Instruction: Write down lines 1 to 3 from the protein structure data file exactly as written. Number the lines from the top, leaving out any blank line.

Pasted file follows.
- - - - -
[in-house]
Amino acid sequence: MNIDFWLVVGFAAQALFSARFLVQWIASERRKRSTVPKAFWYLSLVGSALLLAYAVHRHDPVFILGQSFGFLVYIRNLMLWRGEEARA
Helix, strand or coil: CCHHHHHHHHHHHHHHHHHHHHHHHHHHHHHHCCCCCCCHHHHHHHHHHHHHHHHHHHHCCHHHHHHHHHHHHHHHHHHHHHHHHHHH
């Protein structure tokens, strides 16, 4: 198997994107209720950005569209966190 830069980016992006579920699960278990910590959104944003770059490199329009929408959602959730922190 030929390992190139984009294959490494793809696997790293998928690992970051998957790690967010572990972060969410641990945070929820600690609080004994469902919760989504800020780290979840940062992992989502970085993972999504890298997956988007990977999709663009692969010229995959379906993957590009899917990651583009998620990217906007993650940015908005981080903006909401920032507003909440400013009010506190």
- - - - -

[in-house]
Amino acid sequence: MNIDFWLVVGFAAQALFSARFLVQWIASERRKRSTVPKAFWYLSLVGSALLLAYAVHRHDPVFILGQSFGFLVYIRNLMLWRGEEARA
Helix, strand or coil: CCHHHHHHHHHHHHHHHHHHHHHHHHHHHHHHCCCCCCCHHHHHHHHHHHHHHHHHHHHCCHHHHHHHHHHHHHHHHHHHHHHHHHHH